UNC Lineberger researchers Hy Muss, MD, Shlomit Strulov Shachar, MD, and colleagues report in the journal Clinical Cancer Research that a measure of muscle mass and muscle quality developed at UNC could potentially help doctors better identify patients at high risk for side effects that could require hospitalization.
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Chemotherapy has long been standard treatment for many cancers, but its clinical benefits can also come with well-documented side effects. Doctors say the challenge is knowing which patients will experience these side effects, and to what extent.
Findings from a new study suggest this could be changing.
Researchers at the University of North Carolina Lineberger Comprehensive Cancer Center report in the journal Clinical Cancer Research that a tool developed at UNC could potentially help doctors better identify patients at high risk for side effects that could require hospitalization.
Shlomit Strulov Shachar, MD, the study’s first author, said they found that low measures of muscle quality and quantity in patients with early-stage breast cancer were linked to serious side effects and hospitalizations. Based on their findings, the researchers believe measuring muscle composition could be helpful in predicting which patients will experience side effects from chemotherapy, and in determining appropriate drug doses.
“The formula currently used in clinical practice for chemotherapy dosing – body surface area — doesn’t really help us predict which patients will develop treatment-related toxicity,” said Shachar. “This study supports the concept that body composition may be more sensitive than the formula that has been used for decades to dose chemotherapy.”
Earlier research has shown that age-related muscle loss is linked to poor overall survival in patients with solid tumors. But less is known about risks for early-stage breast cancer patients for developing treatment-related side effects based on their muscle composition.
“More and more studies are showing that muscle mass, especially loss of muscle and function, or so-called sarcopenia, is associated with poor outcomes, poor survival and more toxicity with cancer treatment,” said study co-author Hyman B. Muss, MD, the Mary Jones Hudson Distinguished Professor and director of the UNC Lineberger Geriatric Oncology Program. “It may be that muscle mass is related to the metabolism of chemotherapy in your body, as well as your general fitness. So people with a low muscle mass may simply be less fit, and their bodies don’t tolerate chemotherapy treatments as well. These patients may be especially vulnerable to treatment effects.”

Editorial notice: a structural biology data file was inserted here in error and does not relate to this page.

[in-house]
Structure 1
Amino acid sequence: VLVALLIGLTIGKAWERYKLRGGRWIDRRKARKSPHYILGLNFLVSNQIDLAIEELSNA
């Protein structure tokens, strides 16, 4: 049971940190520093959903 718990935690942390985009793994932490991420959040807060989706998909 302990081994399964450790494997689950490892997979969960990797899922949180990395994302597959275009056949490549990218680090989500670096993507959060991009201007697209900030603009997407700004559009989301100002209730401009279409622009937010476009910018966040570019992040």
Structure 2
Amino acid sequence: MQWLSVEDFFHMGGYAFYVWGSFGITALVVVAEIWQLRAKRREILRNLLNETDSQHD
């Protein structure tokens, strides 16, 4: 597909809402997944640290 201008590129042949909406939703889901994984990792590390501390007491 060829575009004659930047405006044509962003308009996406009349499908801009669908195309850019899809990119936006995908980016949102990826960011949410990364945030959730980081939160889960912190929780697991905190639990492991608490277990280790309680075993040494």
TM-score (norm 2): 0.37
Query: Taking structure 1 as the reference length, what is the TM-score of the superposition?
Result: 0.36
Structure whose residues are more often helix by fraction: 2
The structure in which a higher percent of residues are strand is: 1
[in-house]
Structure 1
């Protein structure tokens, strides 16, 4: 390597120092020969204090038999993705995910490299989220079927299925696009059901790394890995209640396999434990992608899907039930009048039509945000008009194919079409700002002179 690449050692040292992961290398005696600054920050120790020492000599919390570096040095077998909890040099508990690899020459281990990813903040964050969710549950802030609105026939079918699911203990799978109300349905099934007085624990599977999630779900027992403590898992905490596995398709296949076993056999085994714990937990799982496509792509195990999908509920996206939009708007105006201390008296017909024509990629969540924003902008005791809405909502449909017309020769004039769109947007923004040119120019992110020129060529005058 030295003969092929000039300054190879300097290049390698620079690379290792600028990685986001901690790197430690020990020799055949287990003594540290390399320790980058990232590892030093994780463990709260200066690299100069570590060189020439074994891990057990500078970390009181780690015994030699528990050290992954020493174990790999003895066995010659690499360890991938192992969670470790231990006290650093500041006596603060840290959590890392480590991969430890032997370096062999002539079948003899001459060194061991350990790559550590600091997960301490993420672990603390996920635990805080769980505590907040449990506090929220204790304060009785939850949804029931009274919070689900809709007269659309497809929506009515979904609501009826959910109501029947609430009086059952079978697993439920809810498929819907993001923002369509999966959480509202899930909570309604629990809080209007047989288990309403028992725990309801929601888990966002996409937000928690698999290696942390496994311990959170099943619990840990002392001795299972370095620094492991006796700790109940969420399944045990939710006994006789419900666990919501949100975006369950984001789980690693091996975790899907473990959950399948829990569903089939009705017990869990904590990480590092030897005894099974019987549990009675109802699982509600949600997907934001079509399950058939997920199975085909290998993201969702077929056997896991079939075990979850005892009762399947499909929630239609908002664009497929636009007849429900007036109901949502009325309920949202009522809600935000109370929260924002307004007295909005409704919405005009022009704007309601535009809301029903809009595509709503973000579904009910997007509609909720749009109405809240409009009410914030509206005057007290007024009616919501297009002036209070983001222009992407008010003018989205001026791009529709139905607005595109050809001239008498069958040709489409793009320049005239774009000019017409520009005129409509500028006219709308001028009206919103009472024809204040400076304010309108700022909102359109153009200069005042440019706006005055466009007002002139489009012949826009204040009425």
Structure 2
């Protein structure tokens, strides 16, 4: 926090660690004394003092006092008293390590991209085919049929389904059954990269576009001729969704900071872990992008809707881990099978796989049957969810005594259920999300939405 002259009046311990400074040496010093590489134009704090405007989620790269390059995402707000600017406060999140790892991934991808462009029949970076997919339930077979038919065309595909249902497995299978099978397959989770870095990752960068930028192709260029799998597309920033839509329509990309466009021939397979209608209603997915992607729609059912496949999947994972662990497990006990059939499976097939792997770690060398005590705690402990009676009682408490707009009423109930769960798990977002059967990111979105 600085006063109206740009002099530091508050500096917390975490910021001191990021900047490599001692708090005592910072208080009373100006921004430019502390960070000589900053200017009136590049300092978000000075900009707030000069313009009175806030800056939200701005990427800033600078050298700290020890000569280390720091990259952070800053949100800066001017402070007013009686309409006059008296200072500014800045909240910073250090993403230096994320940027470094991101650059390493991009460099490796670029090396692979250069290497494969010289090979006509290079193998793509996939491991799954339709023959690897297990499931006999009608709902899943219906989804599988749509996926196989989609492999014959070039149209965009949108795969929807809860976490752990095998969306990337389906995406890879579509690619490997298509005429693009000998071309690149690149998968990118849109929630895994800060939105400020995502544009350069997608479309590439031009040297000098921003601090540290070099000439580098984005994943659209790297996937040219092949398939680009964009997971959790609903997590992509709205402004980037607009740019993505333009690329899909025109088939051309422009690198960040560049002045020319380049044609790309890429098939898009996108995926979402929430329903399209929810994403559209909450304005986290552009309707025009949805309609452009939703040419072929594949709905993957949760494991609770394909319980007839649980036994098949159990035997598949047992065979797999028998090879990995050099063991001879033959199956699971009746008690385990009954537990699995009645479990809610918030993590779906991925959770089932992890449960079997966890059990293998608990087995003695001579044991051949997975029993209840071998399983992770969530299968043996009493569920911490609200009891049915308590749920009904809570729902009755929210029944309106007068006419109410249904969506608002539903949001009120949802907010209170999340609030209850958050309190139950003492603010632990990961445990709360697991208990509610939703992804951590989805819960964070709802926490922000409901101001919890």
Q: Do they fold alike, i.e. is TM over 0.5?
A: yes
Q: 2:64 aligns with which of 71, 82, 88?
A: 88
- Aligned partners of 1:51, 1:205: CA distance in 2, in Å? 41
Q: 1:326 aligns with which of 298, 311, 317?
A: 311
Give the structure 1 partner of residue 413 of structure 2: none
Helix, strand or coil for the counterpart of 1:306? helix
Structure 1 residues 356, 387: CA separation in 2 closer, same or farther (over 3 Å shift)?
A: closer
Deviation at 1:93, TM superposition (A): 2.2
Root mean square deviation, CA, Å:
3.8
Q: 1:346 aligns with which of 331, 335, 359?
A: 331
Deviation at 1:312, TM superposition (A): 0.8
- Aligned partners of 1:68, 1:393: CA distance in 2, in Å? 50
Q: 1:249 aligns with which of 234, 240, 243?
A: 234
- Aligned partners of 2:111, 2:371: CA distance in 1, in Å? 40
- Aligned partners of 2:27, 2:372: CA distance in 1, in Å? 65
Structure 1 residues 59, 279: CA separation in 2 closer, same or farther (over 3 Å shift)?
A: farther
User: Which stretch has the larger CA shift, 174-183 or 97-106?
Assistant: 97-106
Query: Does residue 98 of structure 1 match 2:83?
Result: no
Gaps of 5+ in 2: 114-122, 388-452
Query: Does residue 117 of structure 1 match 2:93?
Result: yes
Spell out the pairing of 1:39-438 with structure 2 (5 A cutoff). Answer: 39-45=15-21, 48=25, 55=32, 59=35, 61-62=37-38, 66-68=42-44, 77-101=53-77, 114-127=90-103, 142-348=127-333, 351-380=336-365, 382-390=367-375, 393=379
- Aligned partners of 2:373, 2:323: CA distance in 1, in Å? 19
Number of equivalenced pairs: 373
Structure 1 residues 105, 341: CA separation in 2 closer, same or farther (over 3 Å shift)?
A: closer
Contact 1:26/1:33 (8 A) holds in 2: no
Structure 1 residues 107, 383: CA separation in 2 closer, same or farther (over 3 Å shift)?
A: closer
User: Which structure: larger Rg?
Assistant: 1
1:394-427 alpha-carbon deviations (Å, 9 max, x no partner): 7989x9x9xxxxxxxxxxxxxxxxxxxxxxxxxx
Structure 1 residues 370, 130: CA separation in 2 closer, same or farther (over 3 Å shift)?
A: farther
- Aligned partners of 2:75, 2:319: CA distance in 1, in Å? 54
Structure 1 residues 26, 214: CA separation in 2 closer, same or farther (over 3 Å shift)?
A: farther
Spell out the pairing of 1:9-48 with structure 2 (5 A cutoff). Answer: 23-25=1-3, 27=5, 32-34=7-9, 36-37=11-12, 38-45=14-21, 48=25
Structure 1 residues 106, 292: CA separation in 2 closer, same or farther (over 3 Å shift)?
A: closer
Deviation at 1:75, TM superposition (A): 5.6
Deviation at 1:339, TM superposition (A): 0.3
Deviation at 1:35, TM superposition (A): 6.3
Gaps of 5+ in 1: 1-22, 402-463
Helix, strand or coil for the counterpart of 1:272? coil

The researchers reviewed medical data from 151 patients treated for early breast cancer at the N.C. Cancer Hospital between 2008 and 2013. Approximately one third, or 50, of the patients experienced serious chemotherapy toxicities.
They analyzed existing abdominal CT scans for each patient to generate an estimate of the fat and muscle composition in the patient’s body. They measured muscle quality and quantity, including the indirect fat content, to develop a “skeletal muscle gauge.”
The researchers then reviewed patient medical records to see who experienced serious chemotherapy side effects including hospitalizations, gastrointestinal complications, including nausea or vomiting, depletion of important blood cells, and nerve damage (neuropathy) in the arms or legs.
They found that patients with low muscle quality/quantity had higher risk of blood-related toxicities, gastrointestinal side effects and neuropathy. Patients with lower measures of muscle quality/quantity had twice the risk of hospitalization after they adjusted for age and body surface area. Compared to other body composition measures such as body mass index, skeletal muscle gauge, the measure developed at UNC, was the most predictive of toxicity.
Researchers said their findings could help clinicians to more accurately determine chemotherapy dosing, which could help lower the risk of treatment side effects.
“Hospitalization is a terrible thing for patients, especially for older patients after chemotherapy,” Muss said. “We need better ways of predicting who might be hospitalized for treatment side effects. If we can give a little less dose initially, we might be able to lower toxicities without sacrificing effectiveness. By improving the therapeutic index we can retain the benefits while minimizing the risks of treatment.”
Shachar, a former fellow at UNC who is now a medical oncologist in Israel, said improving chemotherapy dosing is a clinical imperative.
“For me, as a physician in the clinic, it’s very troubling when patients get toxicity from therapy,” she said. “We need to deliver the best therapies we can with less toxicity. We need to think carefully about how to dose patients other than relying on just height and weight.”
In addition to Muss and Shachar, other authors include Allison M. Deal, Marc Weinberg, Grant R. Williams, Kirsten Nyrop, Karteek Popuri, and Seul Ki Choi.
The study was supported by the Friends of Rambam Medical Center, the J&G Zukier Medical Fund and the Medical Student Training in Aging Research program of the American Federation for Aging Research.